Of the nine pennants in Pittsburgh franchise history, Clarke was the player-manager for four of them. He and fellow Hall of Famers, Honus Wagner and Vic Willis, led Pittsburgh to a victory over Ty Cobb and the Detroit Tigers in the 1909 World Series. Clarke batted over .300 in 11 different seasons. His 35-game hitting streak in 1895 was the second-longest in major league history at the time and is still tied for tenth-longest. For six years, Clarke held the major league record for wins by a manager. (...more)

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Week 4
Fred Clarke Baseball.jpg

Fred Clarke (October 3, 1872 - August 14, 1960) was a Hall of Fame Major League Baseball player from 1894 to 1915 and manager from 1897 to 1915. Clarke played for and managed both the Louisville Colonels and Pittsburgh Pirates. He was a left fielder and left-handed batter.

Of the nine pennants in Pittsburgh franchise history, Clarke was the player-manager for four of them. He and fellow Hall of Famers, Honus Wagner and Vic Willis, led Pittsburgh to a victory over Ty Cobb and the Detroit Tigers in the 1909 World Series. Clarke batted over .300 in 11 different seasons. His 35-game hitting streak in 1895 was the second-longest in major league history at the time and is still tied for tenth-longest. For six years, Clarke held the major league record for wins by a manager. (...more)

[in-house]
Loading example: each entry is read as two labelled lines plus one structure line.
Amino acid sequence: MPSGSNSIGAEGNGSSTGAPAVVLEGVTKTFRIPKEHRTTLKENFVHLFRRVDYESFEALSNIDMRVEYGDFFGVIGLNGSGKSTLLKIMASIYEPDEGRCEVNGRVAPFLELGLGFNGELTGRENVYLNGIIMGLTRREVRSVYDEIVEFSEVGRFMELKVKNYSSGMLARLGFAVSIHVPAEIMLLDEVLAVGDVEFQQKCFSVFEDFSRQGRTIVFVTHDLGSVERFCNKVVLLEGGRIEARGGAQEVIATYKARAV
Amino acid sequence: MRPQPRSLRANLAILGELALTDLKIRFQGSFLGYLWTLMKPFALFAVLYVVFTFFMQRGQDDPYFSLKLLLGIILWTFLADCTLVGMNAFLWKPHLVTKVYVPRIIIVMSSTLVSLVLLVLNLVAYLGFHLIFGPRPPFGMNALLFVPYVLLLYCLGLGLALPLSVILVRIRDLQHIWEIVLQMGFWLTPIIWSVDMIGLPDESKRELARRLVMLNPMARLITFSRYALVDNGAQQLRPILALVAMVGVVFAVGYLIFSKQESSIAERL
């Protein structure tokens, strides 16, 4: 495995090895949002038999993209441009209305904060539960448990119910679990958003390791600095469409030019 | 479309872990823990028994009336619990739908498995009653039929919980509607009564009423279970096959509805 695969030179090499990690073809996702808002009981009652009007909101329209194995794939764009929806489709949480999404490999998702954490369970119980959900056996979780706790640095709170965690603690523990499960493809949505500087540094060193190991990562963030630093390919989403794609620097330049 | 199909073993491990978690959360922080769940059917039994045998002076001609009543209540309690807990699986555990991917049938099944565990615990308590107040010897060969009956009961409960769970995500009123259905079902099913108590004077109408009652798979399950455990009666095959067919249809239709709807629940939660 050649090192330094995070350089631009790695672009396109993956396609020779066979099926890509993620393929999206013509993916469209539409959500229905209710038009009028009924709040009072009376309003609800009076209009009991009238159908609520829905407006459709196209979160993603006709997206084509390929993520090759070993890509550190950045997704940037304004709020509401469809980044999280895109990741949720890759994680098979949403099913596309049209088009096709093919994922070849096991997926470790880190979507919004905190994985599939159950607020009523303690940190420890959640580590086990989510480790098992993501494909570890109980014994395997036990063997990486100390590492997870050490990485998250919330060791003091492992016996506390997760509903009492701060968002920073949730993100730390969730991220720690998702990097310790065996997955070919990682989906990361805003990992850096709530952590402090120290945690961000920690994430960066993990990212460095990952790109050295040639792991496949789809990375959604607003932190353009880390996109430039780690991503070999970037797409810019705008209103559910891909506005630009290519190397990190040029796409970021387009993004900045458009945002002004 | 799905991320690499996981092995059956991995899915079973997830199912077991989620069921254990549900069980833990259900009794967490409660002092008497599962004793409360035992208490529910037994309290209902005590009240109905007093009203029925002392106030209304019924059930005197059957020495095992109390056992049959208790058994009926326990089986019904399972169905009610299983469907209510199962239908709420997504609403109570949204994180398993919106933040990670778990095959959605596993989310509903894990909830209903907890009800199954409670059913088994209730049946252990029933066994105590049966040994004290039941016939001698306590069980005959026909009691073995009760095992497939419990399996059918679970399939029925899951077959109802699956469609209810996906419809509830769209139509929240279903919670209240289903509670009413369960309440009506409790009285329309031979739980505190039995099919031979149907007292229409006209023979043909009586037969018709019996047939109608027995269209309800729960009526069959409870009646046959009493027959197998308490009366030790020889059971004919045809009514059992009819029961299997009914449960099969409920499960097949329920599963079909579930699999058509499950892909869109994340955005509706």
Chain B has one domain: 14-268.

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Week 5
Fred Clarke Baseball.jpg

Fred Clarke (October 3, 1872 - August 14, 1960) was a Hall of Fame Major League Baseball player from 1894 to 1915 and manager from 1897 to 1915. Clarke played for and managed both the Louisville Colonels and Pittsburgh Pirates. He was a left fielder and left-handed batter.

Of the nine pennants in Pittsburgh franchise history, Clarke was the player-manager for four of them. He and fellow Hall of Famers, Honus Wagner and Vic Willis, led Pittsburgh to a victory over Ty Cobb and the Detroit Tigers in the 1909 World Series. Clarke batted over .300 in 11 different seasons. His 35-game hitting streak in 1895 was the second-longest in major league history at the time and is still tied for tenth-longest. For six years, Clarke held the major league record for wins by a manager. (...more)